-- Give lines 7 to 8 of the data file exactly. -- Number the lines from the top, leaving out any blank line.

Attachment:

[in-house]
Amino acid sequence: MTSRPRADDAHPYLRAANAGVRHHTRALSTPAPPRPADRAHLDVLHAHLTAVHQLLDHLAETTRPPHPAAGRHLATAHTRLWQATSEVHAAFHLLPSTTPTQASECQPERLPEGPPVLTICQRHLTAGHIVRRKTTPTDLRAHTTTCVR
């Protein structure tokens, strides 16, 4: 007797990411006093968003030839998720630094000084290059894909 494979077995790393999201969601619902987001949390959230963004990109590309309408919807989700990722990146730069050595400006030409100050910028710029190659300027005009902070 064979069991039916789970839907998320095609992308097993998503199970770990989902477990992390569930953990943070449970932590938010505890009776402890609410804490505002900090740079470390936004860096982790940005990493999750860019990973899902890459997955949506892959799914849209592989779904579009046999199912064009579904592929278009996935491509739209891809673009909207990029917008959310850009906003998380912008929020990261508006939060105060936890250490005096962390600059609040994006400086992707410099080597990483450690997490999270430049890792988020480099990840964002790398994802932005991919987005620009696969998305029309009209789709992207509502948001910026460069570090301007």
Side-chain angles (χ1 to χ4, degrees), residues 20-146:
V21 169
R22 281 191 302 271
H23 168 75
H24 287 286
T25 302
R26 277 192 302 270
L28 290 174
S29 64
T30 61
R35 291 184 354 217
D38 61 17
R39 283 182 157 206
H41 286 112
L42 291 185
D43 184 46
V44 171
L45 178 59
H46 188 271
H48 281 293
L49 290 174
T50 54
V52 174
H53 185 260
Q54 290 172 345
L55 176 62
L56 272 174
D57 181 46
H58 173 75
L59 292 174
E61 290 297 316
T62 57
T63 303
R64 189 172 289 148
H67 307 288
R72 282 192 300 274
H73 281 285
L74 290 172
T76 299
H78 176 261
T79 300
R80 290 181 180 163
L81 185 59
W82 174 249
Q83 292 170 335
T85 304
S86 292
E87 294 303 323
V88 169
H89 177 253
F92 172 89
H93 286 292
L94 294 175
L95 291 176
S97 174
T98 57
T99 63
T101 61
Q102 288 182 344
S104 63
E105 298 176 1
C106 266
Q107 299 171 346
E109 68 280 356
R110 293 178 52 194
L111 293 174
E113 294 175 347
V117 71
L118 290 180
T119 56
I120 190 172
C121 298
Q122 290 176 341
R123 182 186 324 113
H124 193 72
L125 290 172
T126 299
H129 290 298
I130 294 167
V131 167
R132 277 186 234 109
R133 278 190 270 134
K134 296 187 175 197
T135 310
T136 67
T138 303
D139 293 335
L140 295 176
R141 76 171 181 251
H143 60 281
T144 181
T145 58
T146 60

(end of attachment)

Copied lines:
H23 168 75
H24 287 286